Queensland Law Society

Information Barrier Guidelines* (‘Chinese Walls’)

*('Information barrier' is the term used in the Australian Solicitors Conduct Rules 2012 (‘ASCR’) for what have been known as 'Chinese Walls').

Information Barrier Guidelines for use by members have been approved by the Council of the Queensland Law Society (‘the Guidelines’).

One of the relevant conduct rules which refer to information barriers is Rule 10 (acting against a former client). The Guidelines need to be read in conjunction with this rule and the law relating to confidentiality.

The Guidelines are for law practices which need to quarantine information to avoid a breach of confidentiality in cases where the law practice wishes to act in a matter where it has information relevant to the matter but which is confidential to a former client. The Guidelines aim to assist law practices with measures to guard against a breach of the duty of confidentiality owed to the former client. In the absence of an effective information barrier the law practice would normally not be able to act due to the conflict of interest. The conflict is between the duty of confidentiality to the former client and the duty to the current client to disclose and / or use all information at the law practice’s disposal for the benefit of the current client’s matter. The law practice may be able to act where it can establish that there is no unacceptable risk of breach of confidentiality. This may be possible by compliance with the Guidelines. The burden of establishing that there is no unacceptable risk will fall on the law practice.

The Guidelines may also be used to address similar issues created by ‘migratory lawyers’; that is, lawyers moving between law practices who have had some involvement with a relevant matter at their previous practice. Refer also to Non-Binding Ethics Ruling (2018) 3.

The Guidelines may also be used to rebut the presumption of imputed knowledge, that all solicitors in a law practice are presumed to have the knowledge of all other solicitors in the practice.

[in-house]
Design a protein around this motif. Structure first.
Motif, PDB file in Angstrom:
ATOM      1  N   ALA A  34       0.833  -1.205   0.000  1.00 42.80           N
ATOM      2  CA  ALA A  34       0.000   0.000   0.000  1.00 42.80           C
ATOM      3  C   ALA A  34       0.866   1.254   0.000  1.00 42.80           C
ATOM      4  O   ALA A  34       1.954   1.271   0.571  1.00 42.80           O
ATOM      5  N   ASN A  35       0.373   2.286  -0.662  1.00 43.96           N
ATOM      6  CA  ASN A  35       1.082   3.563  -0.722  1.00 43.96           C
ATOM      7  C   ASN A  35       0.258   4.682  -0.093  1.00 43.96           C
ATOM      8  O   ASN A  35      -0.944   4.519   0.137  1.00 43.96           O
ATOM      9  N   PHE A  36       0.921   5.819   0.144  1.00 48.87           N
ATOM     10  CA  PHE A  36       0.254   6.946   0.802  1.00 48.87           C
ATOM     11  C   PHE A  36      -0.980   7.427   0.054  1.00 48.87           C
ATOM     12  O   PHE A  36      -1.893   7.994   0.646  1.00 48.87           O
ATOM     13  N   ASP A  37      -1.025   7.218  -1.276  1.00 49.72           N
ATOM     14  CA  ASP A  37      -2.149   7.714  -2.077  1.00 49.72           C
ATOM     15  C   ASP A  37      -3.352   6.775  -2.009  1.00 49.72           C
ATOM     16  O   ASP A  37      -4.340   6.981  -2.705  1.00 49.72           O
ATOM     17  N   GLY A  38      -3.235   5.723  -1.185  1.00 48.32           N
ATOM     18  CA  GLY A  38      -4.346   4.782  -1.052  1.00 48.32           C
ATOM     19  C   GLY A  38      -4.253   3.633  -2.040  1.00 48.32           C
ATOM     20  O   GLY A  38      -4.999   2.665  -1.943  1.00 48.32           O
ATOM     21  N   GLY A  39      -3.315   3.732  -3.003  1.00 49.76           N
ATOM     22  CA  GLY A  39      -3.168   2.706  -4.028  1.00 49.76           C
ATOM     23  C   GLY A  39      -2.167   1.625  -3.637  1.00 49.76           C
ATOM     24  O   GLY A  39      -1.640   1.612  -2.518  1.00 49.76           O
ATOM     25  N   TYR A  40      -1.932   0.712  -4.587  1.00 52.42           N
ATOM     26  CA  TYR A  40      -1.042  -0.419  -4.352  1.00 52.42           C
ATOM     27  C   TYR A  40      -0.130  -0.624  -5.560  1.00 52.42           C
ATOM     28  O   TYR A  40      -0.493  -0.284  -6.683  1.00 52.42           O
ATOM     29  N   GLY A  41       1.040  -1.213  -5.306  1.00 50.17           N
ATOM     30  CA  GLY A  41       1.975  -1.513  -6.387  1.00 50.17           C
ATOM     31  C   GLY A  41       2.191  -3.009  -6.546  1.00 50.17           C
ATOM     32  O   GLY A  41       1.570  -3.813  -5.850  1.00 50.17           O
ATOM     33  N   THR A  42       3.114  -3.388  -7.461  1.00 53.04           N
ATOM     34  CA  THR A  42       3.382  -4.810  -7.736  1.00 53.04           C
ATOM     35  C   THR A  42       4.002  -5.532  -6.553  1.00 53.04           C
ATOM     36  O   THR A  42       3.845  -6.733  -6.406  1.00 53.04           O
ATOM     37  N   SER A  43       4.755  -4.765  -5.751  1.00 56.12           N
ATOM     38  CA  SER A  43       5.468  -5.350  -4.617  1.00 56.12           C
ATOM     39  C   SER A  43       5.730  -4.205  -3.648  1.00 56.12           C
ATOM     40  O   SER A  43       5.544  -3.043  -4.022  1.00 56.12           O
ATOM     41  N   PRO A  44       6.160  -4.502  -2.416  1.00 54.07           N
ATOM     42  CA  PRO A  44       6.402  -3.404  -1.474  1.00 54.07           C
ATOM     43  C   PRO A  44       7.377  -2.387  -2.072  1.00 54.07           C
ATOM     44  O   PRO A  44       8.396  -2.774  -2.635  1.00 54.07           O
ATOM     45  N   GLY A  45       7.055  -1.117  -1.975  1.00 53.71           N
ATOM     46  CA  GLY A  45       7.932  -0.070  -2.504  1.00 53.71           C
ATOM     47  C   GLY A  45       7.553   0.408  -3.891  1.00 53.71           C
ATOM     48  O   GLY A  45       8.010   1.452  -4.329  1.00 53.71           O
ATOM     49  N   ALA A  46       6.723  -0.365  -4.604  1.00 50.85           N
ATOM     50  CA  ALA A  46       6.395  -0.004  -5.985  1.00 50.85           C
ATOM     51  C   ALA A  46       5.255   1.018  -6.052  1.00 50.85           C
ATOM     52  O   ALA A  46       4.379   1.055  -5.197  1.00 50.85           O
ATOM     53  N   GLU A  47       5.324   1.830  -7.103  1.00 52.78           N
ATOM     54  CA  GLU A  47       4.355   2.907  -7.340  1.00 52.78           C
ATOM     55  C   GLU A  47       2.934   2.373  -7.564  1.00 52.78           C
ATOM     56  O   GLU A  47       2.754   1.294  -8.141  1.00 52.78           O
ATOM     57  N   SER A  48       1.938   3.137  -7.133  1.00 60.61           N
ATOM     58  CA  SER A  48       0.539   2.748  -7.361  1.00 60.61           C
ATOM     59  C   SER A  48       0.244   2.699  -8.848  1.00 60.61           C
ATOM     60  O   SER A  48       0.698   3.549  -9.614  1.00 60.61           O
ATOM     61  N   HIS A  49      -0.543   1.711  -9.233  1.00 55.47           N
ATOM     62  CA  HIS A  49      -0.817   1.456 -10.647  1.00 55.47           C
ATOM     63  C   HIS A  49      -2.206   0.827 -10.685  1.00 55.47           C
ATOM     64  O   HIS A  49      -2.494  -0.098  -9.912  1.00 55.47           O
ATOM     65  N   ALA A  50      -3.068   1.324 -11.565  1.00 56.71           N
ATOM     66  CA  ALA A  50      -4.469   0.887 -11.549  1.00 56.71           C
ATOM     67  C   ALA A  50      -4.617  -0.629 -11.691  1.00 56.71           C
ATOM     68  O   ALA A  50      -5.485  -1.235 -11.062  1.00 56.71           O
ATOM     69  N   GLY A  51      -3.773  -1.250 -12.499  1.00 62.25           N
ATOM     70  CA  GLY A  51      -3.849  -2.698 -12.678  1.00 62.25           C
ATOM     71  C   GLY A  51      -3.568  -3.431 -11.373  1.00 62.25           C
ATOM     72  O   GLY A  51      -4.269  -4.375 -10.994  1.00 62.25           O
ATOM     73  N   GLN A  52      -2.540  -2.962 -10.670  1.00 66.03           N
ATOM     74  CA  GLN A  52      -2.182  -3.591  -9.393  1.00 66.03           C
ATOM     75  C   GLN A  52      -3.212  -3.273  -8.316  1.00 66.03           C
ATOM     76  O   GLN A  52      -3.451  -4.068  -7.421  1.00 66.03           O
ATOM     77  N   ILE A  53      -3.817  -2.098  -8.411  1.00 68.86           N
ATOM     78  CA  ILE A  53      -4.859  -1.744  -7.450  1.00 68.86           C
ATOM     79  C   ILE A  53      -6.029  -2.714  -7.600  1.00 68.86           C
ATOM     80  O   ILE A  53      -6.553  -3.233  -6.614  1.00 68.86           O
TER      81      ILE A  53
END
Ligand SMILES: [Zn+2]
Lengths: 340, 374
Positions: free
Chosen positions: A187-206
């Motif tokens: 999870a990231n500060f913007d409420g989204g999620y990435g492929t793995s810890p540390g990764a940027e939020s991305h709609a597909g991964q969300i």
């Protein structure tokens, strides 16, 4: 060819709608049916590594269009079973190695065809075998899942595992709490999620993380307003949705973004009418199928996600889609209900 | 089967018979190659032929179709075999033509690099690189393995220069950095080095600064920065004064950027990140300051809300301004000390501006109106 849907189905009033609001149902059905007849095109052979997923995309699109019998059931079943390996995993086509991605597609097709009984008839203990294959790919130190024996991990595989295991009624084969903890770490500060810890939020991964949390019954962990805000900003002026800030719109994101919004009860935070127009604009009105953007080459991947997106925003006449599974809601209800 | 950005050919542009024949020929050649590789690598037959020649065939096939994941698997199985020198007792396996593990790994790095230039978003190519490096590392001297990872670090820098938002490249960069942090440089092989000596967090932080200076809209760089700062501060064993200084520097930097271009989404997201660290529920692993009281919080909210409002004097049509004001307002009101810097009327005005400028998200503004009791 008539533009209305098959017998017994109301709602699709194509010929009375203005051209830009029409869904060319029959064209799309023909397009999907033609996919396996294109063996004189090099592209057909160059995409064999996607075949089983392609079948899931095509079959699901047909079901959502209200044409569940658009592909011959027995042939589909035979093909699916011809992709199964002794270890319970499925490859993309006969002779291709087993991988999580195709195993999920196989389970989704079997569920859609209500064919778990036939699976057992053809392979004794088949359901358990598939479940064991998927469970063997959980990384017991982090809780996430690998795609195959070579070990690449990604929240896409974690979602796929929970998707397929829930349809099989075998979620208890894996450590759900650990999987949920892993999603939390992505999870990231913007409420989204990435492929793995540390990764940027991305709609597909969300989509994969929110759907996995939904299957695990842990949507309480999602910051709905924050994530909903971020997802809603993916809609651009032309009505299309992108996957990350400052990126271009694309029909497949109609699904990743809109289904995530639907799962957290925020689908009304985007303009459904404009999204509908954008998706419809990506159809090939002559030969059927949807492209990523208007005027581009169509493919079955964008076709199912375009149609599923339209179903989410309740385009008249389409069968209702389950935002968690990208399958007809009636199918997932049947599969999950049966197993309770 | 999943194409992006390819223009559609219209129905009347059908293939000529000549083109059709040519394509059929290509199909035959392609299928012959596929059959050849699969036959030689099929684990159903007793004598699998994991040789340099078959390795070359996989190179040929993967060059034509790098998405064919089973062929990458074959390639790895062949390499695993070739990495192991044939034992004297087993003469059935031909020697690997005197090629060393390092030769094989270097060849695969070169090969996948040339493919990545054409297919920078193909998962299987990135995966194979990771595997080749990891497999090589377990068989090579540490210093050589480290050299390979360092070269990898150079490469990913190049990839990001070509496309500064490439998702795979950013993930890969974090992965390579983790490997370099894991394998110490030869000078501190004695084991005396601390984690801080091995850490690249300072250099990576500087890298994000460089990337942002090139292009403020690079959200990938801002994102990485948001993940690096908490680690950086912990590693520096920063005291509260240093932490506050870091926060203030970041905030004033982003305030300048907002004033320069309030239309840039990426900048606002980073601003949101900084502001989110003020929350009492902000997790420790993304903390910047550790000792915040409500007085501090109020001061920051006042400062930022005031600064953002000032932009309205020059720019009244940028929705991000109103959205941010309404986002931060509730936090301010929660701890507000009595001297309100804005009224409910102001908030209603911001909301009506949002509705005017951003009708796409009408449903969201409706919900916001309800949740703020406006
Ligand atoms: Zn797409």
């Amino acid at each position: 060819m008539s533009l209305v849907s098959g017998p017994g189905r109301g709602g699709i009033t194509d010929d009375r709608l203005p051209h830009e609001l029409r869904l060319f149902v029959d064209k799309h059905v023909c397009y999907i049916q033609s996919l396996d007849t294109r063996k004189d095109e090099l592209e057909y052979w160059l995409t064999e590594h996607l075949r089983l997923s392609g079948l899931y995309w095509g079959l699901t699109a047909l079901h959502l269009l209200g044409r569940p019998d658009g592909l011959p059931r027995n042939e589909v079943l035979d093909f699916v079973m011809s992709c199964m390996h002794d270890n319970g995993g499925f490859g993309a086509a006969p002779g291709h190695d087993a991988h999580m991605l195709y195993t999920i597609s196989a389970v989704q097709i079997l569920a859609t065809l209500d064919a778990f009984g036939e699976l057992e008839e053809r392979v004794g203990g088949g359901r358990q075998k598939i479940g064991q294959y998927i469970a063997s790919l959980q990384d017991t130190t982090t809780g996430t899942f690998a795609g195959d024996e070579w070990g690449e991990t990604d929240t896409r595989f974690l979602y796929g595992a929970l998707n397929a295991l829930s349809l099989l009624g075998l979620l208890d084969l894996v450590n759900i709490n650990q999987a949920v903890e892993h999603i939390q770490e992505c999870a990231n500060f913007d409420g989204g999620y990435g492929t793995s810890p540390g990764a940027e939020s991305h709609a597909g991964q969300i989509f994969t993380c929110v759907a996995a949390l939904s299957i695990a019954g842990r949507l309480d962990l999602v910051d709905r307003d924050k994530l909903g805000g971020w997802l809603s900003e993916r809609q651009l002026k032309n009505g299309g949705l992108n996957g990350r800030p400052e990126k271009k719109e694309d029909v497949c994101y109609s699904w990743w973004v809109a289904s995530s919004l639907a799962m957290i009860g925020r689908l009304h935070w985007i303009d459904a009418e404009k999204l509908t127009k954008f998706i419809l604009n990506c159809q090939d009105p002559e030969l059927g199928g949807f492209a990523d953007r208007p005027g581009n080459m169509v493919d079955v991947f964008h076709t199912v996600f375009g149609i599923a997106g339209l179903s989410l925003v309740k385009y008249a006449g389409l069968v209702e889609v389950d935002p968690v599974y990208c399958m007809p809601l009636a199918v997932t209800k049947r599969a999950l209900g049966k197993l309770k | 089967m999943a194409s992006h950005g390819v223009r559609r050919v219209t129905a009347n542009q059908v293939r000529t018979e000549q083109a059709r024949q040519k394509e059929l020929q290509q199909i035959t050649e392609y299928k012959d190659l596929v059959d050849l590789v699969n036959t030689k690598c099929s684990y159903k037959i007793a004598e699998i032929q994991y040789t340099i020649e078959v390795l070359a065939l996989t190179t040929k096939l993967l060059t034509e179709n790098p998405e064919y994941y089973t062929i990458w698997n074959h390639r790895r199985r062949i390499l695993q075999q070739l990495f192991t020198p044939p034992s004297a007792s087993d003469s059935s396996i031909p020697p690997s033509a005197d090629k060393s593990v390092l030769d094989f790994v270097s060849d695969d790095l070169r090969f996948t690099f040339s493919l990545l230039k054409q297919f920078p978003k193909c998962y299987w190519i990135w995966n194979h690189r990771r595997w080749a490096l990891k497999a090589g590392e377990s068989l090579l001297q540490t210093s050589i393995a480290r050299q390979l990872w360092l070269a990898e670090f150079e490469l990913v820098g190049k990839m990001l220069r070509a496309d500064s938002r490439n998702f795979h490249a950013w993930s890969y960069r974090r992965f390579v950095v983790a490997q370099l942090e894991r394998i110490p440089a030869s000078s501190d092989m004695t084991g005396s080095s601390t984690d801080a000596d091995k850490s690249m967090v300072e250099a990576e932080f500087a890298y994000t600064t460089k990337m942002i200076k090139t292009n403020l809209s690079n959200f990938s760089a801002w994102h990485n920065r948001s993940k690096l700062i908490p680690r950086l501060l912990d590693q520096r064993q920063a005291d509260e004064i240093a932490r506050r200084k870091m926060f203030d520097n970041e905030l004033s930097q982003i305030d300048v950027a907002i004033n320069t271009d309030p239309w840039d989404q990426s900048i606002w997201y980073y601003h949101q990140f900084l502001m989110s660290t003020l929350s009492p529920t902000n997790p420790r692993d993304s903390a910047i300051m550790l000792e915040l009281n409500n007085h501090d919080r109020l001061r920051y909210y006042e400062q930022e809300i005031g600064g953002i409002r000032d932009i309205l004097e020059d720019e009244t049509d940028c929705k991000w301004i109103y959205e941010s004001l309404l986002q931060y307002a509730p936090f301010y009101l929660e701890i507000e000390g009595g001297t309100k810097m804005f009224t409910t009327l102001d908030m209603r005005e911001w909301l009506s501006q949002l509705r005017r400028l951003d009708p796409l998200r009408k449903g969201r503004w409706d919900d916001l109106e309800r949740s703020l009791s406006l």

The Guidelines state that they are not intended to apply to 'concurrent retainers' where a law practice acts concurrently for two or more clients with conflicting interests, as different considerations apply. A barrier is not, of itself, a solution to a situation where there is a conflict between current clients. It does not remove the duty of undivided loyalty owed to each current client. However, in such situations a law practice may be able to act with the fully informed consent of each client. Consent may be obtained on the basis that confidentiality is to be preserved by an effective information barrier. Alternatively, there would need to be waivers of confidentiality, but these may not be appropriate or forthcoming. Refer to Rule 11 ASCR (Conflict of duties concerning current clients) and the article by Ross Perrett (see below) at pp 46-48.

The Guidelines assist practitioners in assessing whether an information barrier can be used effectively and give guidance on what measures the courts have found to be effective.

In summary, the Guideline measures are:

  • established, documented protocols for maintaining information barriers; 
  • a compliance officer to oversee the process; 
  • the current client’s consent to non-disclosure of the former client’s confidential information;
  • identification of all ‘screened persons’ (the persons in possession of the confidential information which is to be protected by the arrangements); 
  • undertakings that there will be no contact between the screened persons and those acting in the current matter; 
  • securing of all confidential information, paper or electronic; 
  • sanctions for any breach of the arrangements;
  • an ongoing education program about information barriers for all staff.

The first of these measures refers to established protocols. A barrier established ad hoc to meet a particular problem rather than one which is built on established institutional arrangements is unlikely to be seen as effective by the courts. The procedures and practices underpinning information barriers must be part of the culture and organisational structure of the law practice.

An effective barrier must prevent not only deliberate disclosure of confidential information but also accidental or inadvertent dissemination, and as illustrated in Asia Pacific Telecommunications Ltd v Optus Networks Pty Ltd,[1] even any inadvertent involvement in a matter by a ‘screened person’.

Whilst acknowledging that they are intended for all law practices, the Guidelines state, in ‘Common Questions’, that it may be extremely difficult for small practices to demonstrate compliance with the Guidelines as a question of fact, particularly the requirements to keep staff and files physically separate. In fact, it has been said in one case that it will be 'almost impossible' for a small firm to construct an effective information barrier (see Ross Perrett's article (below) p.53). Almost all of the reported cases have involved large firms.

Whether an information barrier will be effective depends on the facts of each case and ultimately is a question for the court. The Guidelines have not been endorsed by the courts, but they do refer extensively to, and are based upon, relevant case law.

The Guidelines refer to solicitors having a 'duty of loyalty' to former clients in Victoria. In his article (see below) Ross Perrett deals with this question (at p.49) and concludes, on the basis of the decision in Flanagan v Pioneer Building Society Ltd,[2] that there is unlikely to be such a duty in Queensland.

For guidance on these issues contact the QLS Ethics and Practice Centre on 07 3842 5843 or ethics@qls.com.au .

Further resources can be found here:

[1] [2007] NSWSC 350 (‘APT v Optus’).

[2] [2002] QSC 346.